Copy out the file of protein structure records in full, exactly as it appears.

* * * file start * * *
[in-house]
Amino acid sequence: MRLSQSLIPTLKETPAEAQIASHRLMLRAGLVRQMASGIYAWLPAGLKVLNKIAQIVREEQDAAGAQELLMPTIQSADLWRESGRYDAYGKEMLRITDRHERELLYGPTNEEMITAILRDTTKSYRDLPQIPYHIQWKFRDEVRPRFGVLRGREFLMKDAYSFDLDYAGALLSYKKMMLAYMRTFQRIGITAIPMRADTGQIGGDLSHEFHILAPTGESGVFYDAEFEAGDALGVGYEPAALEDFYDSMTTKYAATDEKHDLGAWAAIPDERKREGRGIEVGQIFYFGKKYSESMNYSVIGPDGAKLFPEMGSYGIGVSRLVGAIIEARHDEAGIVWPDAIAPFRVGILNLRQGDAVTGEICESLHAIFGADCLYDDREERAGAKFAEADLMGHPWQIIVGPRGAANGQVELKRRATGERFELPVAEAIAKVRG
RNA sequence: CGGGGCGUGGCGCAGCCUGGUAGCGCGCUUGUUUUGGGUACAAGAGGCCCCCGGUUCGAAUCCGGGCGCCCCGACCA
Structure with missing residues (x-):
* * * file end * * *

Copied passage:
[in-house]
Amino acid sequence: MRLSQSLIPTLKETPAEAQIASHRLMLRAGLVRQMASGIYAWLPAGLKVLNKIAQIVREEQDAAGAQELLMPTIQSADLWRESGRYDAYGKEMLRITDRHERELLYGPTNEEMITAILRDTTKSYRDLPQIPYHIQWKFRDEVRPRFGVLRGREFLMKDAYSFDLDYAGALLSYKKMMLAYMRTFQRIGITAIPMRADTGQIGGDLSHEFHILAPTGESGVFYDAEFEAGDALGVGYEPAALEDFYDSMTTKYAATDEKHDLGAWAAIPDERKREGRGIEVGQIFYFGKKYSESMNYSVIGPDGAKLFPEMGSYGIGVSRLVGAIIEARHDEAGIVWPDAIAPFRVGILNLRQGDAVTGEICESLHAIFGADCLYDDREERAGAKFAEADLMGHPWQIIVGPRGAANGQVELKRRATGERFELPVAEAIAKVRG
RNA sequence: CGGGGCGUGGCGCAGCCUGGUAGCGCGCUUGUUUUGGGUACAAGAGGCCCCCGGUUCGAAUCCGGGCGCCCCGACCA
Structure with missing residues (x-):